Game 6 practically erased all of that. “This whole city hates me,” he told his wife Jody after the Series, as Peter Gammons wrote for Sports Illustrated in November 1986. “Is this what I’m going to be remembered for?” And while he was cheered at the post-Series parade in Boston and in his final season in 1990, when he returned to Boston as a free agent and was given a standing ovation in the home opener, he never could escape the cruel taunts and lazy jokes. In 1993, Leigh Montville caught up with him for SI, still living in New England but seemingly desperate to leave. “At least once a week during the season, something is said,” he said. “Why put up with it? I’m tired of it.”
Buckner and his family eventually relocated to Idaho—about as far away as you could go while still keeping a foot in baseball. That’s what he did, spending his post-playing career working as a coach, instructor and manager. His final stop in the game was as the hitting coach for the minor league Boise Hawks before calling it quits in 2014. Over those years, he routinely confronted the error that had come to define his life. He signed autographs of the play with Wilson and starred alongside him in a commercial for MLB Network. He graciously made fun of himself, most memorably in an episode of Curb Your Enthusiasm, where he catches a baby falling out of a window of a burning building and is carried off on the shoulders of a crowd.
Twenty-two years after the ball got through him, Buckner returned to Fenway Park to throw out the ceremonial first pitch for the 2008 home opener. The Red Sox were coming off a World Series title—their second in three seasons, after the ’04 victory that brought an end to 86 years of heartbreak and reduced Buckner to a footnote. “Let him know that he’s welcome always,” exhorted Joe Castiglione over the PA, and the sellout crowd did just that, giving him a two-minute-long ovation as he walked from the Green Monster in leftfield to the pitcher’s mound. “I really had to forgive,” Buckner said through tears after the game of his decision to attend; he had previously turned down an invite to join the members of the ’86 team for a 20th anniversary celebration two years earlier. “So I’ve done that. I’m over that.”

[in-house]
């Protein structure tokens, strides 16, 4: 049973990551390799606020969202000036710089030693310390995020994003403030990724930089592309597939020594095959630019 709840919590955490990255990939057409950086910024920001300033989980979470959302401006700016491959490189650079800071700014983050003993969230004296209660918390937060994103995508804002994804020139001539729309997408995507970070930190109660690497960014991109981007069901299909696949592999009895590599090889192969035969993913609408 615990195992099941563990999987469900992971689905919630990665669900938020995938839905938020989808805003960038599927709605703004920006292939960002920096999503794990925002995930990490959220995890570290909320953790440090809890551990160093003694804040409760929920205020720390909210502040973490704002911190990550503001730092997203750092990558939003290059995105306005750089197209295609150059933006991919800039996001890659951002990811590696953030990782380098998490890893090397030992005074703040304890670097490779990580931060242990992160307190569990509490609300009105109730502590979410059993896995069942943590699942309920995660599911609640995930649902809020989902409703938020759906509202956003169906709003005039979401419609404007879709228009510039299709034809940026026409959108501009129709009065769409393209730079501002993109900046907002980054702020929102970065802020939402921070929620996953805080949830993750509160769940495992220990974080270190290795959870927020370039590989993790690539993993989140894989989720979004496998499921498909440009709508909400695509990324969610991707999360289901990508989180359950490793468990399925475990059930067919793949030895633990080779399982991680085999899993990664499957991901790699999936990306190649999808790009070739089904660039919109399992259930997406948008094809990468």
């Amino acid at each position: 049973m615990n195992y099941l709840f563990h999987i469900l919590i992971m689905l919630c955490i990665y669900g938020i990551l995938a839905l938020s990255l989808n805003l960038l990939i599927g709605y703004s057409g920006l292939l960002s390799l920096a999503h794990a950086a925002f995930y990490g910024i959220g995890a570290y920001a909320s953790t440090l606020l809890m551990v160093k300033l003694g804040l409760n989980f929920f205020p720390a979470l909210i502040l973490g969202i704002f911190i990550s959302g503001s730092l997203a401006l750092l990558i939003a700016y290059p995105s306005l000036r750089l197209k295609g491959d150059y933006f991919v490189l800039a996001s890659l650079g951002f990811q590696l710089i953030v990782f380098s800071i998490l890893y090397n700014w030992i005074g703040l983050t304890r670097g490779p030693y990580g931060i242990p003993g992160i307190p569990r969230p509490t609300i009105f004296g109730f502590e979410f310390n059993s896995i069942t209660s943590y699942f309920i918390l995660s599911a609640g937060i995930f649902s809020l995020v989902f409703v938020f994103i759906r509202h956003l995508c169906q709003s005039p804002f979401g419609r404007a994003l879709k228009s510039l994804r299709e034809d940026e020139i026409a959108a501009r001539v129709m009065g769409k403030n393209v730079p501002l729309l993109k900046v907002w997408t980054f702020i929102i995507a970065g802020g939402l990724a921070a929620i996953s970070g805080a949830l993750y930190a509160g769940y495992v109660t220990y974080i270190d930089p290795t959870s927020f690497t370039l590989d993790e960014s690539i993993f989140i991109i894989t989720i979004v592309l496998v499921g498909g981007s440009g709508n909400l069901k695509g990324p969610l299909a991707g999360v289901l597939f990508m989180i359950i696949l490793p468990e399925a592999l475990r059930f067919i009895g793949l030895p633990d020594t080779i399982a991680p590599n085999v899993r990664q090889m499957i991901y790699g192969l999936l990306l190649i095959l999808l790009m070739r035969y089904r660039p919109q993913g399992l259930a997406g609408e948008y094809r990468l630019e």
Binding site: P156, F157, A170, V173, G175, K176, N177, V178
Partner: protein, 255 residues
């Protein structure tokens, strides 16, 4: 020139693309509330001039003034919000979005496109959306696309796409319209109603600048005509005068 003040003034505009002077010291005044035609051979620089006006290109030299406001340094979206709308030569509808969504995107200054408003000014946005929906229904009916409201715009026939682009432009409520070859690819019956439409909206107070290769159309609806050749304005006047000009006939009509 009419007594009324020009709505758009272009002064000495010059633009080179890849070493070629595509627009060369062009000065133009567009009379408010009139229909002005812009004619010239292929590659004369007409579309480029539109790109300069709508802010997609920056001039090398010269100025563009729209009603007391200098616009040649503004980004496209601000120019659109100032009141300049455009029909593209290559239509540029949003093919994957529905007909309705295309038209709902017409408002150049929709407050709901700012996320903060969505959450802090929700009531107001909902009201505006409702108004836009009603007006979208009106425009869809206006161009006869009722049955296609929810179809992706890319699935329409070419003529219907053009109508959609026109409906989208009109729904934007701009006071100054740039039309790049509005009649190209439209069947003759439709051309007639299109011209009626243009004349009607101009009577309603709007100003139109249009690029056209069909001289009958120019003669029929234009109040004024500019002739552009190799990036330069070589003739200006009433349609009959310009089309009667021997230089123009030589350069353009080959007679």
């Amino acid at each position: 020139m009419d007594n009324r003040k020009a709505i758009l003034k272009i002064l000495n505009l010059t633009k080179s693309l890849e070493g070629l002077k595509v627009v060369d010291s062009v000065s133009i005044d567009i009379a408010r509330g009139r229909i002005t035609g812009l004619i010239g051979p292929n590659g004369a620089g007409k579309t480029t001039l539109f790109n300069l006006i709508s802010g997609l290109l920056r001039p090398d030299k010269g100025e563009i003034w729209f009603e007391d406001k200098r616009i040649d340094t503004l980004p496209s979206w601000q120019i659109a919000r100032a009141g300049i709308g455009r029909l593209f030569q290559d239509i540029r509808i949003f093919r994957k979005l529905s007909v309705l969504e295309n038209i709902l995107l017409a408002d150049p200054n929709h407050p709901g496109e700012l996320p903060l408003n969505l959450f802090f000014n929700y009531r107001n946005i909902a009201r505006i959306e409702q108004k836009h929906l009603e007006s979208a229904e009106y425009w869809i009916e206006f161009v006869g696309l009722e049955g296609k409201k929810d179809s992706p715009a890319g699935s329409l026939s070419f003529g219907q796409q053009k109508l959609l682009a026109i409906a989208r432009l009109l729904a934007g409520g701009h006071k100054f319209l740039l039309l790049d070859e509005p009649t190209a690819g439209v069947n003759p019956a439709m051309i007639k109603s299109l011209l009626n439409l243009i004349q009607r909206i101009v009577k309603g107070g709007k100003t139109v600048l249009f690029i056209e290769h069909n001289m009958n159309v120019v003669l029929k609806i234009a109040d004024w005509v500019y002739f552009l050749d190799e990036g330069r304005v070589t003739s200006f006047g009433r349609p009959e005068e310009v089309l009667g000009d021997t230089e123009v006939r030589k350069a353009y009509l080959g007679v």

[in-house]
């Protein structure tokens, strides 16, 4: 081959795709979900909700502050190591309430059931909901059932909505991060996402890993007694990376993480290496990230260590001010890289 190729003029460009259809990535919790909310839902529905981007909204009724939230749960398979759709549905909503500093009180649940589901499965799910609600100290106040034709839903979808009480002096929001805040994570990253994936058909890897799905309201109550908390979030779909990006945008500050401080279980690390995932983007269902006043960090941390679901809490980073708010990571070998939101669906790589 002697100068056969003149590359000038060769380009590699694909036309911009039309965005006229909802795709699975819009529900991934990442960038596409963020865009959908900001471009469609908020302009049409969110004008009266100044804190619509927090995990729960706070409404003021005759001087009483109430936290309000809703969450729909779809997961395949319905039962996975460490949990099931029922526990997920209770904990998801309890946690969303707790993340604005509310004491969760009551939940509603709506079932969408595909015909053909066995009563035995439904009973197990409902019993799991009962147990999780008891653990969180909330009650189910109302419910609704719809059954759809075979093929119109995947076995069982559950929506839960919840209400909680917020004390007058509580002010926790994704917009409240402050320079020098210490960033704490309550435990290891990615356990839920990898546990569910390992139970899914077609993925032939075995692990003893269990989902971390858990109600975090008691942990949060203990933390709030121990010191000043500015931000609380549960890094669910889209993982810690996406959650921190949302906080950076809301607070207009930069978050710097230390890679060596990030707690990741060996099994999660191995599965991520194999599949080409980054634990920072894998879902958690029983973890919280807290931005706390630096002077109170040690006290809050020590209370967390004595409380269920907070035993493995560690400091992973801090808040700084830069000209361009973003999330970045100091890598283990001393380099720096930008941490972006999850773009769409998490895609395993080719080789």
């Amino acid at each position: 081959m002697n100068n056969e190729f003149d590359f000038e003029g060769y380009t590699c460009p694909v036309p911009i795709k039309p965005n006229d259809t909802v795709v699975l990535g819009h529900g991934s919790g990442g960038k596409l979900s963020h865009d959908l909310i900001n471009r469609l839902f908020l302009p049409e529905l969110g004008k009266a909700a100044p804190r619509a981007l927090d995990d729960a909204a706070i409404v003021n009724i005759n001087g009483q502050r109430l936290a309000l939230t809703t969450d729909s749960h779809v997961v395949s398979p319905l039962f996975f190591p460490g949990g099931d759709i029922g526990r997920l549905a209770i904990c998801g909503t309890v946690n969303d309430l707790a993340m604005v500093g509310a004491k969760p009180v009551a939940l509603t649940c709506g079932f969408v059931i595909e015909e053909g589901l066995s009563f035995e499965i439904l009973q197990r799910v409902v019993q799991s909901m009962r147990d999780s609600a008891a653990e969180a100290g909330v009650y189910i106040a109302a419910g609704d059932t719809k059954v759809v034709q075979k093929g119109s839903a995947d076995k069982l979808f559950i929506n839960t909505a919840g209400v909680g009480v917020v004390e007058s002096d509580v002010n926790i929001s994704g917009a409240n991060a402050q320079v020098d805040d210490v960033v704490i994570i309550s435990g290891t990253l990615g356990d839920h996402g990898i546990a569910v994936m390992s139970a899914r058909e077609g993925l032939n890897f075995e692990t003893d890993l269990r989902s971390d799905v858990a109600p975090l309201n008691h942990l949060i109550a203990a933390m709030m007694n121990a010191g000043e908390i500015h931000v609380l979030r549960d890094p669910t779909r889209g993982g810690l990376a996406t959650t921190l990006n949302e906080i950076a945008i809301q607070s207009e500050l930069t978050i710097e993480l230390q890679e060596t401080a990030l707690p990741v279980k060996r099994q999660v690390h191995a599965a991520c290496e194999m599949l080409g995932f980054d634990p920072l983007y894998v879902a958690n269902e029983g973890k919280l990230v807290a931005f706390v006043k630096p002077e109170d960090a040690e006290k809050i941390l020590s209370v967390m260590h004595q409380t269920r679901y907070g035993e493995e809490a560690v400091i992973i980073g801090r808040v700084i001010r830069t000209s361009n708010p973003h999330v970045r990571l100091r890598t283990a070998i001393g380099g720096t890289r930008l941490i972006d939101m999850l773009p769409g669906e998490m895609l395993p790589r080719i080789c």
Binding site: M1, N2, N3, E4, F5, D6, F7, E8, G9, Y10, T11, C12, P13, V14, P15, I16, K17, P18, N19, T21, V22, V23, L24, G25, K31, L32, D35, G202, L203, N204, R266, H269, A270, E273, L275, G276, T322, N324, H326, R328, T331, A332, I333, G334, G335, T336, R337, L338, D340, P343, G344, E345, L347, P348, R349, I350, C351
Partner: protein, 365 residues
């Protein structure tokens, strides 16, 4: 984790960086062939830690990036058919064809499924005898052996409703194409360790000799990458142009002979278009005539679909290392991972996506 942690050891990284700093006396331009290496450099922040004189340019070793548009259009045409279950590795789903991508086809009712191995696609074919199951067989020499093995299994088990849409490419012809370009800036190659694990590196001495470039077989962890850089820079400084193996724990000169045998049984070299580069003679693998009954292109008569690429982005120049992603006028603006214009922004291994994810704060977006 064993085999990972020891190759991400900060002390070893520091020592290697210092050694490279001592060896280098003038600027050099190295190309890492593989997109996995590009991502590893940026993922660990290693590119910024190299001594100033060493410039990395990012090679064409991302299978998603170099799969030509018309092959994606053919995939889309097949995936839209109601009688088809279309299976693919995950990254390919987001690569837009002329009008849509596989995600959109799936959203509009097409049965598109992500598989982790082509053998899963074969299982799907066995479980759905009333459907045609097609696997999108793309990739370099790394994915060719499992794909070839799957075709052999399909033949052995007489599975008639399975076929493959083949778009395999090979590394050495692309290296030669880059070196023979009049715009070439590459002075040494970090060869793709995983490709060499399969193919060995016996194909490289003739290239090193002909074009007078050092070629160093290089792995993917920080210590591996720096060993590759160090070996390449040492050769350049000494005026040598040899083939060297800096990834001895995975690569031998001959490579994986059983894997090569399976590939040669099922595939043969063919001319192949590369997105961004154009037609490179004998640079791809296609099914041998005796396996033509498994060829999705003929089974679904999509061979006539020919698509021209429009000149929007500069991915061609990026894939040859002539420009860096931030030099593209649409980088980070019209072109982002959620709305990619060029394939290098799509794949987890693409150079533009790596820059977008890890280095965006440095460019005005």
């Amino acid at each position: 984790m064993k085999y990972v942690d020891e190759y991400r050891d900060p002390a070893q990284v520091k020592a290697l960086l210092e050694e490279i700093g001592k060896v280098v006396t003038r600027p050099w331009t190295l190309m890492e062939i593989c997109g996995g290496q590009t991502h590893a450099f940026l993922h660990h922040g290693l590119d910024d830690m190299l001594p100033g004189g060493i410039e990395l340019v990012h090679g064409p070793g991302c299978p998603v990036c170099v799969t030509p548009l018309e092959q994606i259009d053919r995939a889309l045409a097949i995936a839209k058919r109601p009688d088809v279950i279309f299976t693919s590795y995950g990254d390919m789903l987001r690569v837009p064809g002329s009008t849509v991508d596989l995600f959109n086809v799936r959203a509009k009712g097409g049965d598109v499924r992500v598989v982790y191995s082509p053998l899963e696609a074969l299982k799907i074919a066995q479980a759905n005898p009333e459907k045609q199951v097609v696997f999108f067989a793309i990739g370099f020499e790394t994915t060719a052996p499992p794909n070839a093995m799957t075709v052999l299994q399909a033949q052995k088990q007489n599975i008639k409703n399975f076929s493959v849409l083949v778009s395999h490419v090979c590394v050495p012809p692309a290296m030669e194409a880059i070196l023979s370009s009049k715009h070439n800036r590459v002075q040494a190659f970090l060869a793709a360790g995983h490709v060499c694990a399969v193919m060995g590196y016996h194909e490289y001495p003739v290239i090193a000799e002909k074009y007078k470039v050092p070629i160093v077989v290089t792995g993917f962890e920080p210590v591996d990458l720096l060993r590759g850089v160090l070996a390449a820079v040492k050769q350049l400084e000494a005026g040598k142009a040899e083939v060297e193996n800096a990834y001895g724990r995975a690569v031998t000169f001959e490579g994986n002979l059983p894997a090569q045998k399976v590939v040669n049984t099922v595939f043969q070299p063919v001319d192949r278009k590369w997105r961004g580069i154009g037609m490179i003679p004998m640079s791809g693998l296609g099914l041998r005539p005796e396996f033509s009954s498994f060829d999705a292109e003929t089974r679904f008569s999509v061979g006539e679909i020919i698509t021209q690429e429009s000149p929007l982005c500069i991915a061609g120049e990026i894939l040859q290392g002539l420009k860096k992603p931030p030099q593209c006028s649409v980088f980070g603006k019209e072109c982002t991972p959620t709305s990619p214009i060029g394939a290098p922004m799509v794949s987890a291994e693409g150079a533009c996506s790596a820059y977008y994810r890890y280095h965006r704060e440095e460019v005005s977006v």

The bad decisions and blunders that left the Red Sox high and dry for decades weren’t Buckner’s fault. The so-called Curse of the Bambino was always nonsense—drivel invented to sell books. It swallowed up Buckner the same way it did Torrez and Pesky and countless others, reducing them to their lowest moments while eliminating everything else. He was more than Wilson’s dribbler scooting past his glove, or the bad ankles that slowed him as he chased it. He didn’t deserve to be an epithet or a signpost along a long path of suffering. I know there’s an inherent irony in making that point amid an obituary that focuses on Game 6 and its fallout, but it’s impossible to tell Buckner’s story without that play. It just didn’t have to become his whole story.
Buckner was a fighter. He suffered the ankle injury that would plague him for the rest of his career in 1975 but played through pain for another 15 years. He argued with umpires, brawled with teammates and opponents alike, wrestled with perpetually irascible manager Lee Elia when both were on the Cubs. But over time, he made his peace with the play that made him infamous; he accepted it and lived his life the best he could beyond it. He tried to find a place where he wasn’t Bill Buckner, tragic figure, but simply Bill Buckner, baseball player. That’s all he ever deserved to be.